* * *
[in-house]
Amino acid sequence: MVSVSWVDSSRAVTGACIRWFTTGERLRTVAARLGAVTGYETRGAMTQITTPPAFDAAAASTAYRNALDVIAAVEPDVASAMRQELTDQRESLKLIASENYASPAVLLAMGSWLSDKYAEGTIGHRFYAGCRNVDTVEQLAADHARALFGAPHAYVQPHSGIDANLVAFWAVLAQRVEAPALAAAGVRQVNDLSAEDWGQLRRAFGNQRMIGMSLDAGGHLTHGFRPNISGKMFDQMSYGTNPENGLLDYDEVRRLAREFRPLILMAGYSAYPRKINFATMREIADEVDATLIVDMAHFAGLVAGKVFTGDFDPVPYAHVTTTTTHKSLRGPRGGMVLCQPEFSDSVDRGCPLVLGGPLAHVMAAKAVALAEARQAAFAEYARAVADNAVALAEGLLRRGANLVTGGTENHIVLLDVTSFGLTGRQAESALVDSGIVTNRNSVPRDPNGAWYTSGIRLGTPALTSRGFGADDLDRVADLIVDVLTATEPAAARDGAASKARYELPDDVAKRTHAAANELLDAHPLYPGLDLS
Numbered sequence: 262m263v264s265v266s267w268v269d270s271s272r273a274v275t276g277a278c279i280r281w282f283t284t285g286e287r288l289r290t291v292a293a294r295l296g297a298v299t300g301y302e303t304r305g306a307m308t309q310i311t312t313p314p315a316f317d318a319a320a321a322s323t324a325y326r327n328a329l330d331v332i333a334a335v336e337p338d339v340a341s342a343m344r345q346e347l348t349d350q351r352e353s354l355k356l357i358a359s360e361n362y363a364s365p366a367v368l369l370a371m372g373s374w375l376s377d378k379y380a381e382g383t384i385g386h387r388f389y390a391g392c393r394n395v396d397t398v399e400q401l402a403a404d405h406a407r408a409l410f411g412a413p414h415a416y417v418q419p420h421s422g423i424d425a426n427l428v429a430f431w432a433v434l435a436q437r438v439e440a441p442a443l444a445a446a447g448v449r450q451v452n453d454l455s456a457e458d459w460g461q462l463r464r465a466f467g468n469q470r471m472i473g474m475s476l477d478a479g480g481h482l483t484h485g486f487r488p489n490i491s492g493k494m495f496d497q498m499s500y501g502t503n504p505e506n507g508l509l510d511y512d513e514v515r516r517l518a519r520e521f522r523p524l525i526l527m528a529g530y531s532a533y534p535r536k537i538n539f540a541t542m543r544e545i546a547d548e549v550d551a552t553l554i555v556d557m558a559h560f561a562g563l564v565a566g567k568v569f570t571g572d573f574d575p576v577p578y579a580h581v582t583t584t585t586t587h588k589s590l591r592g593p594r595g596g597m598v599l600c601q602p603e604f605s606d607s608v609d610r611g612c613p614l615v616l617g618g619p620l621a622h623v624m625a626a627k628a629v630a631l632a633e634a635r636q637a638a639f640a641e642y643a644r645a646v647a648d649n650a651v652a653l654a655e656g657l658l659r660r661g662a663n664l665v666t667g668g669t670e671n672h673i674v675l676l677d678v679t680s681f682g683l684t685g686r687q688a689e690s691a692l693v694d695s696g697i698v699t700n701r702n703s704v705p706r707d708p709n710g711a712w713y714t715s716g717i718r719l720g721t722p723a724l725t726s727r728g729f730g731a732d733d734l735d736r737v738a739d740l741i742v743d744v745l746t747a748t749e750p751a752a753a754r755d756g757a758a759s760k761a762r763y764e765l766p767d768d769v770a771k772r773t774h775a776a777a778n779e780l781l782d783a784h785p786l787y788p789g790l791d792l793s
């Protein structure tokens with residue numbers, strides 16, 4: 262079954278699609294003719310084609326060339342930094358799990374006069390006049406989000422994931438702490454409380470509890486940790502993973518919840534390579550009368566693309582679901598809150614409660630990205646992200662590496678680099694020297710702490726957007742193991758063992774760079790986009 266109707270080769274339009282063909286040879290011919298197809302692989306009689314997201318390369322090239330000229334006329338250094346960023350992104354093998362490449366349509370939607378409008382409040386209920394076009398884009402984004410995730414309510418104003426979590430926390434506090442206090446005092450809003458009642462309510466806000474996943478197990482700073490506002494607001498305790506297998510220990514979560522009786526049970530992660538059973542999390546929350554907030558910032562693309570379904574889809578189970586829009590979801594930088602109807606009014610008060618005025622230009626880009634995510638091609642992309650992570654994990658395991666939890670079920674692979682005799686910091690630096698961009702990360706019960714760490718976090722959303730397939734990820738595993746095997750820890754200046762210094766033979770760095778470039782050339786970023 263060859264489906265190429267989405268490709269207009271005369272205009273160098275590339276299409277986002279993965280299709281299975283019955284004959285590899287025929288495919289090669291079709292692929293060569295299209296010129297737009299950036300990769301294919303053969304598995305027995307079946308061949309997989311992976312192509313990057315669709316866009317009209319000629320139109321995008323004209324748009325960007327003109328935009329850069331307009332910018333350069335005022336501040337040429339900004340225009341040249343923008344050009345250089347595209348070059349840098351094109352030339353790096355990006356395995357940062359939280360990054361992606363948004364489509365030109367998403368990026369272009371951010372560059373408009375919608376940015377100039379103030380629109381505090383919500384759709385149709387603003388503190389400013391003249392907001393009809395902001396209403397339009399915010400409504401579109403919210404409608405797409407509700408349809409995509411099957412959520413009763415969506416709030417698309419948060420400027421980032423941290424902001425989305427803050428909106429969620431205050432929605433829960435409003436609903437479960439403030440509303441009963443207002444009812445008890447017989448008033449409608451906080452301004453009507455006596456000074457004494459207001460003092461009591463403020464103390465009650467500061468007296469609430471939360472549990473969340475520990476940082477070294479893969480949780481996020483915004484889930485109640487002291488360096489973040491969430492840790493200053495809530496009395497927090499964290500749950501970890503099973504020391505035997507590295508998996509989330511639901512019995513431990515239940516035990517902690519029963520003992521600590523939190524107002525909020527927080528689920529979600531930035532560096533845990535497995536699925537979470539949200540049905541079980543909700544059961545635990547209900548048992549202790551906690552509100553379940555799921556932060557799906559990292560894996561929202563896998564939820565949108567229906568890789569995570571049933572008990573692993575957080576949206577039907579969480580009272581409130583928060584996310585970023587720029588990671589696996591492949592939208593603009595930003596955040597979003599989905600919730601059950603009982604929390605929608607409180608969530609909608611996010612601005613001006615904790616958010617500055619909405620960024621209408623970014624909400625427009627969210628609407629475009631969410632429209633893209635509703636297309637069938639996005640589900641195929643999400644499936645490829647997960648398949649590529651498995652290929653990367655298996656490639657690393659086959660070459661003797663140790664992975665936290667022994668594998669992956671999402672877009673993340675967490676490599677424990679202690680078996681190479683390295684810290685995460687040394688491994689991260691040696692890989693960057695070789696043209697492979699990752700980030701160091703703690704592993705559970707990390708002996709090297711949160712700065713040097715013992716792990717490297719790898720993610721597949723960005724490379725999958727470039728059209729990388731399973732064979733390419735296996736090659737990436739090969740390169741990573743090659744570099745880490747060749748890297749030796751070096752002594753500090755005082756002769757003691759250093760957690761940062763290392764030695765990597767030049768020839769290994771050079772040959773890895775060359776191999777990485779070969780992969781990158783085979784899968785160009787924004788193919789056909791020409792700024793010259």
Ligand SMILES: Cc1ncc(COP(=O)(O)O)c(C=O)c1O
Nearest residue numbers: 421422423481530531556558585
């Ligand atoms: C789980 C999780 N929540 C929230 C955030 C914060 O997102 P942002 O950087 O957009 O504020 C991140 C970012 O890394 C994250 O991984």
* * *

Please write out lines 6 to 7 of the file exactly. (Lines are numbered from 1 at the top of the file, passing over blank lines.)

Nearest residue numbers: 421422423481530531556558585
């Ligand atoms: C789980 C999780 N929540 C929230 C955030 C914060 O997102 P942002 O950087 O957009 O504020 C991140 C970012 O890394 C994250 O991984």